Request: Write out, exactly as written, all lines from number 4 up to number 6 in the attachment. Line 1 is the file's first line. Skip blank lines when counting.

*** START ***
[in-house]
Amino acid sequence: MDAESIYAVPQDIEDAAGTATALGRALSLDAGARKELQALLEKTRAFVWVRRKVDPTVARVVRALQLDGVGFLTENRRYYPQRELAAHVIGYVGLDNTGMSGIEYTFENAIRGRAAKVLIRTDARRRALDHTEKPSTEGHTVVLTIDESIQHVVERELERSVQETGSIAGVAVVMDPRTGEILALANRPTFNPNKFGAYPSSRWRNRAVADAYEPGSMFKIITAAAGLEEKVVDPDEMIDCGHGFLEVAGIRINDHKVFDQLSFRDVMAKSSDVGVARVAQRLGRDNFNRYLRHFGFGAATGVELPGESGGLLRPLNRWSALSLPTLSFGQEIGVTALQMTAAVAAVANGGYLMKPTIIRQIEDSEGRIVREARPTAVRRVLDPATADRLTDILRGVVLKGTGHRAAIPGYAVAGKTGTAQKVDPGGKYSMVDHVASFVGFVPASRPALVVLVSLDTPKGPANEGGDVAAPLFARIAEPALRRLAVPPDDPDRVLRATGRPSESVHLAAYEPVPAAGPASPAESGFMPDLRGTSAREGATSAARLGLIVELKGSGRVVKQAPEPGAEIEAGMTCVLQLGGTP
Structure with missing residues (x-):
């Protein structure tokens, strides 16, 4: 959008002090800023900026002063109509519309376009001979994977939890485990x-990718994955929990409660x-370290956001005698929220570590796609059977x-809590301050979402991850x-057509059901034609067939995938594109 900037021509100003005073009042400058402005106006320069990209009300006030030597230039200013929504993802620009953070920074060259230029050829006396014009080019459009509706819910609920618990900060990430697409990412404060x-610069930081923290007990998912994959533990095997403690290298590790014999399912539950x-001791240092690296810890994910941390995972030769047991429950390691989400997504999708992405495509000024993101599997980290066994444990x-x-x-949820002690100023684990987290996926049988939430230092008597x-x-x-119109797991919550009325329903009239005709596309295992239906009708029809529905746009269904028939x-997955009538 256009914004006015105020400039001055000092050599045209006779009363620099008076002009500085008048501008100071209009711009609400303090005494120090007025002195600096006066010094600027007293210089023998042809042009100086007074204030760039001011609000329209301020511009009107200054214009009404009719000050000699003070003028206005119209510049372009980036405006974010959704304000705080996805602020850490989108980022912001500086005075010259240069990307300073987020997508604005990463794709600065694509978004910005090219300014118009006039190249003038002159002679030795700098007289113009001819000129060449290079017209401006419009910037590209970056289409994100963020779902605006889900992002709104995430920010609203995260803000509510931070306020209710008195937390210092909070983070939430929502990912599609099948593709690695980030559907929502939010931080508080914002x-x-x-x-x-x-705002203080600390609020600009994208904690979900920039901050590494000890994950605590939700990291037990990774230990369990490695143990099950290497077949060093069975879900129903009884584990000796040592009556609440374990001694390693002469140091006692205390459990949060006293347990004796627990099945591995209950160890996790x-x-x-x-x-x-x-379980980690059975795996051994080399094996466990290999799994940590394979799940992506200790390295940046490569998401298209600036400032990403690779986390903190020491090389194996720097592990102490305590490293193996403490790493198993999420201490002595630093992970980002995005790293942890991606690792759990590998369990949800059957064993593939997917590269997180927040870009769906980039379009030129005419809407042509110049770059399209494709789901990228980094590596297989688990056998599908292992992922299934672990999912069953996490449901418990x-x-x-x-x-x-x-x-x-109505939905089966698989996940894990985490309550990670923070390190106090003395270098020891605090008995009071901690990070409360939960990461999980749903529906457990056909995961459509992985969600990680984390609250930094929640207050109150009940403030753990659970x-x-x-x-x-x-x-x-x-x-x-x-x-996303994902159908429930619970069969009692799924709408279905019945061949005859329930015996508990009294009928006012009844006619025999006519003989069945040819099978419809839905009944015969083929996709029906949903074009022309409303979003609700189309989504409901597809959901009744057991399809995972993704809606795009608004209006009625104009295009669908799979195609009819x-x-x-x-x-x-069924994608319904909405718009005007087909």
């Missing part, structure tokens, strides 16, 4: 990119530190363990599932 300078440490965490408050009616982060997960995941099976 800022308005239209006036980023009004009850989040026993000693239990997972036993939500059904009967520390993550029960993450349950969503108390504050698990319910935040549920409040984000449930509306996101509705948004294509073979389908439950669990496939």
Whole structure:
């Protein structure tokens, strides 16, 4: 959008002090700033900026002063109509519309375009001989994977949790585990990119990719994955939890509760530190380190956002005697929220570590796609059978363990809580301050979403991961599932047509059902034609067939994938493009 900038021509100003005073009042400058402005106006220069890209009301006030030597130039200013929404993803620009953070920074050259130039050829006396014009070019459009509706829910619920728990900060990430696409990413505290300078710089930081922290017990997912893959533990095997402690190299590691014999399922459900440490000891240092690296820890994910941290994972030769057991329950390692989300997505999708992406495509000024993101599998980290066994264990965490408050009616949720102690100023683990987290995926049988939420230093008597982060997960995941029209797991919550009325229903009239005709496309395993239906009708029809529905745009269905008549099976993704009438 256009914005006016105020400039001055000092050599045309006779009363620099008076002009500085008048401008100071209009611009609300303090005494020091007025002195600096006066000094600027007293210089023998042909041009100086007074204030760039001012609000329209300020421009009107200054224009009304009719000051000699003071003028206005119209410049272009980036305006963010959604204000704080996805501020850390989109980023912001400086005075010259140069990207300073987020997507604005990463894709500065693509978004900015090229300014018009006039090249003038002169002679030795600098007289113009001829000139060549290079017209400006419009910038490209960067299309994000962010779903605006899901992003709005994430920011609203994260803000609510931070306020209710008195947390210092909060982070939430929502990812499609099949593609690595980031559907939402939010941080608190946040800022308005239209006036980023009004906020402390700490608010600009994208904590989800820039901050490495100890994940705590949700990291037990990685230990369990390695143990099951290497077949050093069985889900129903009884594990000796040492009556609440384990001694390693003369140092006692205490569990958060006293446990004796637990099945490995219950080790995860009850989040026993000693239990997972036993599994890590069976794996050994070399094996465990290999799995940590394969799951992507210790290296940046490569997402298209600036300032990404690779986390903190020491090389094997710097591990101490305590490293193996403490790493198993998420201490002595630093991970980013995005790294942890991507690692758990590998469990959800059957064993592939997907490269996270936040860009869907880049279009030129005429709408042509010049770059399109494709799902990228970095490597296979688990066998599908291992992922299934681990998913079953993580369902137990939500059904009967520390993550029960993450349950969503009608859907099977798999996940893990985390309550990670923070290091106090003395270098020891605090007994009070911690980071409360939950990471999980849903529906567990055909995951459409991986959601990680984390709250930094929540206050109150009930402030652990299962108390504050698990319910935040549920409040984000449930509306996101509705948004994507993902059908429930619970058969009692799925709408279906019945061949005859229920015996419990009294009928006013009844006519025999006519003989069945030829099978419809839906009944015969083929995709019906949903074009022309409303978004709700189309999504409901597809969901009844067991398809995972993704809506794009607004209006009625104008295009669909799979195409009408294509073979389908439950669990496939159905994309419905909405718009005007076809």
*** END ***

């Protein structure tokens, strides 16, 4: 959008002090800023900026002063109509519309376009001979994977939890485990x-990718994955929990409660x-370290956001005698929220570590796609059977x-809590301050979402991850x-057509059901034609067939995938594109 900037021509100003005073009042400058402005106006320069990209009300006030030597230039200013929504993802620009953070920074060259230029050829006396014009080019459009509706819910609920618990900060990430697409990412404060x-610069930081923290007990998912994959533990095997403690290298590790014999399912539950x-001791240092690296810890994910941390995972030769047991429950390691989400997504999708992405495509000024993101599997980290066994444990x-x-x-949820002690100023684990987290996926049988939430230092008597x-x-x-119109797991919550009325329903009239005709596309295992239906009708029809529905746009269904028939x-997955009538 256009914004006015105020400039001055000092050599045209006779009363620099008076002009500085008048501008100071209009711009609400303090005494120090007025002195600096006066010094600027007293210089023998042809042009100086007074204030760039001011609000329209301020511009009107200054214009009404009719000050000699003070003028206005119209510049372009980036405006974010959704304000705080996805602020850490989108980022912001500086005075010259240069990307300073987020997508604005990463794709600065694509978004910005090219300014118009006039190249003038002159002679030795700098007289113009001819000129060449290079017209401006419009910037590209970056289409994100963020779902605006889900992002709104995430920010609203995260803000509510931070306020209710008195937390210092909070983070939430929502990912599609099948593709690695980030559907929502939010931080508080914002x-x-x-x-x-x-705002203080600390609020600009994208904690979900920039901050590494000890994950605590939700990291037990990774230990369990490695143990099950290497077949060093069975879900129903009884584990000796040592009556609440374990001694390693002469140091006692205390459990949060006293347990004796627990099945591995209950160890996790x-x-x-x-x-x-x-379980980690059975795996051994080399094996466990290999799994940590394979799940992506200790390295940046490569998401298209600036400032990403690779986390903190020491090389194996720097592990102490305590490293193996403490790493198993999420201490002595630093992970980002995005790293942890991606690792759990590998369990949800059957064993593939997917590269997180927040870009769906980039379009030129005419809407042509110049770059399209494709789901990228980094590596297989688990056998599908292992992922299934672990999912069953996490449901418990x-x-x-x-x-x-x-x-x-109505939905089966698989996940894990985490309550990670923070390190106090003395270098020891605090008995009071901690990070409360939960990461999980749903529906457990056909995961459509992985969600990680984390609250930094929640207050109150009940403030753990659970x-x-x-x-x-x-x-x-x-x-x-x-x-996303994902159908429930619970069969009692799924709408279905019945061949005859329930015996508990009294009928006012009844006619025999006519003989069945040819099978419809839905009944015969083929996709029906949903074009022309409303979003609700189309989504409901597809959901009744057991399809995972993704809606795009608004209006009625104009295009669908799979195609009819x-x-x-x-x-x-069924994608319904909405718009005007087909």
């Missing part, structure tokens, strides 16, 4: 990119530190363990599932 300078440490965490408050009616982060997960995941099976 800022308005239209006036980023009004009850989040026993000693239990997972036993939500059904009967520390993550029960993450349950969503108390504050698990319910935040549920409040984000449930509306996101509705948004294509073979389908439950669990496939």
Whole structure: